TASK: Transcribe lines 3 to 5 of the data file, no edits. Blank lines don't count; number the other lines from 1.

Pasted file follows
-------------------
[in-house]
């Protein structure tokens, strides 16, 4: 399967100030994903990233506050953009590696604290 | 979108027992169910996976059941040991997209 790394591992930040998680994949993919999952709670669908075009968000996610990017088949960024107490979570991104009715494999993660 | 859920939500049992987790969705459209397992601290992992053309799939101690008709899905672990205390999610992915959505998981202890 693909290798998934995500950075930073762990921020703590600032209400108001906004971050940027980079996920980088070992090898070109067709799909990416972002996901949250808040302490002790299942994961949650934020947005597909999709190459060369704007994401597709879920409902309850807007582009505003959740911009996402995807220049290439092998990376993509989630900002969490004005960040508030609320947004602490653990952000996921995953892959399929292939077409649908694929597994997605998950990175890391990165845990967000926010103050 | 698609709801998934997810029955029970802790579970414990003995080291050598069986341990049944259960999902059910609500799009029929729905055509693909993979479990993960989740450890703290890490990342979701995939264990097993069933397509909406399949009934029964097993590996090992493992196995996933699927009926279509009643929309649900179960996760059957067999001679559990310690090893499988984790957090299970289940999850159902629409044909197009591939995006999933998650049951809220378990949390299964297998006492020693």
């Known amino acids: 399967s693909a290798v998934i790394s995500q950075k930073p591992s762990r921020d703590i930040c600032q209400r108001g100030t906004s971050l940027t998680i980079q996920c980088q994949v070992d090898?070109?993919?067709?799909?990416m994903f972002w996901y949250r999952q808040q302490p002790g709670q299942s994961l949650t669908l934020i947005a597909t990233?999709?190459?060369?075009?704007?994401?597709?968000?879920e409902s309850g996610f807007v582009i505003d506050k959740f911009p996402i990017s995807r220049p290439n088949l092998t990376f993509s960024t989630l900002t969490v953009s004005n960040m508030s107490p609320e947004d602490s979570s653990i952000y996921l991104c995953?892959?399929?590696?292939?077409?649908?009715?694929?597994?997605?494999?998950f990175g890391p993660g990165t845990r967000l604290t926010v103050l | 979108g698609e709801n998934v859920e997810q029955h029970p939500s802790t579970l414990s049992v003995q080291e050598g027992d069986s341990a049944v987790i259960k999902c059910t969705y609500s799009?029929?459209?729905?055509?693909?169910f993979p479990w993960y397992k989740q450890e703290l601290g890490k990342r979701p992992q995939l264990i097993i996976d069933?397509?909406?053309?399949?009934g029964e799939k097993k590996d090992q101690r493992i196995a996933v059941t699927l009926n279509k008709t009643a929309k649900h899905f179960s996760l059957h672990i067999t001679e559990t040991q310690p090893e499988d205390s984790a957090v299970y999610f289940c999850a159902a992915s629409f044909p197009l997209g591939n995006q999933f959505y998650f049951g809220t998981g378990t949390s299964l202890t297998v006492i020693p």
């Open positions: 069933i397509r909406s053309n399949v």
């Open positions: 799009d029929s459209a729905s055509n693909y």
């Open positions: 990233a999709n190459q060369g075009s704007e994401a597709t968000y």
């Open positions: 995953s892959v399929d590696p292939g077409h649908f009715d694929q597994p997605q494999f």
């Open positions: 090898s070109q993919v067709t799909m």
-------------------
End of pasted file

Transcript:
């Known amino acids: 399967s693909a290798v998934i790394s995500q950075k930073p591992s762990r921020d703590i930040c600032q209400r108001g100030t906004s971050l940027t998680i980079q996920c980088q994949v070992d090898?070109?993919?067709?799909?990416m994903f972002w996901y949250r999952q808040q302490p002790g709670q299942s994961l949650t669908l934020i947005a597909t990233?999709?190459?060369?075009?704007?994401?597709?968000?879920e409902s309850g996610f807007v582009i505003d506050k959740f911009p996402i990017s995807r220049p290439n088949l092998t990376f993509s960024t989630l900002t969490v953009s004005n960040m508030s107490p609320e947004d602490s979570s653990i952000y996921l991104c995953?892959?399929?590696?292939?077409?649908?009715?694929?597994?997605?494999?998950f990175g890391p993660g990165t845990r967000l604290t926010v103050l | 979108g698609e709801n998934v859920e997810q029955h029970p939500s802790t579970l414990s049992v003995q080291e050598g027992d069986s341990a049944v987790i259960k999902c059910t969705y609500s799009?029929?459209?729905?055509?693909?169910f993979p479990w993960y397992k989740q450890e703290l601290g890490k990342r979701p992992q995939l264990i097993i996976d069933?397509?909406?053309?399949?009934g029964e799939k097993k590996d090992q101690r493992i196995a996933v059941t699927l009926n279509k008709t009643a929309k649900h899905f179960s996760l059957h672990i067999t001679e559990t040991q310690p090893e499988d205390s984790a957090v299970y999610f289940c999850a159902a992915s629409f044909p197009l997209g591939n995006q999933f959505y998650f049951g809220t998981g378990t949390s299964l202890t297998v006492i020693p």
């Open positions: 069933i397509r909406s053309n399949v």
């Open positions: 799009d029929s459209a729905s055509n693909y």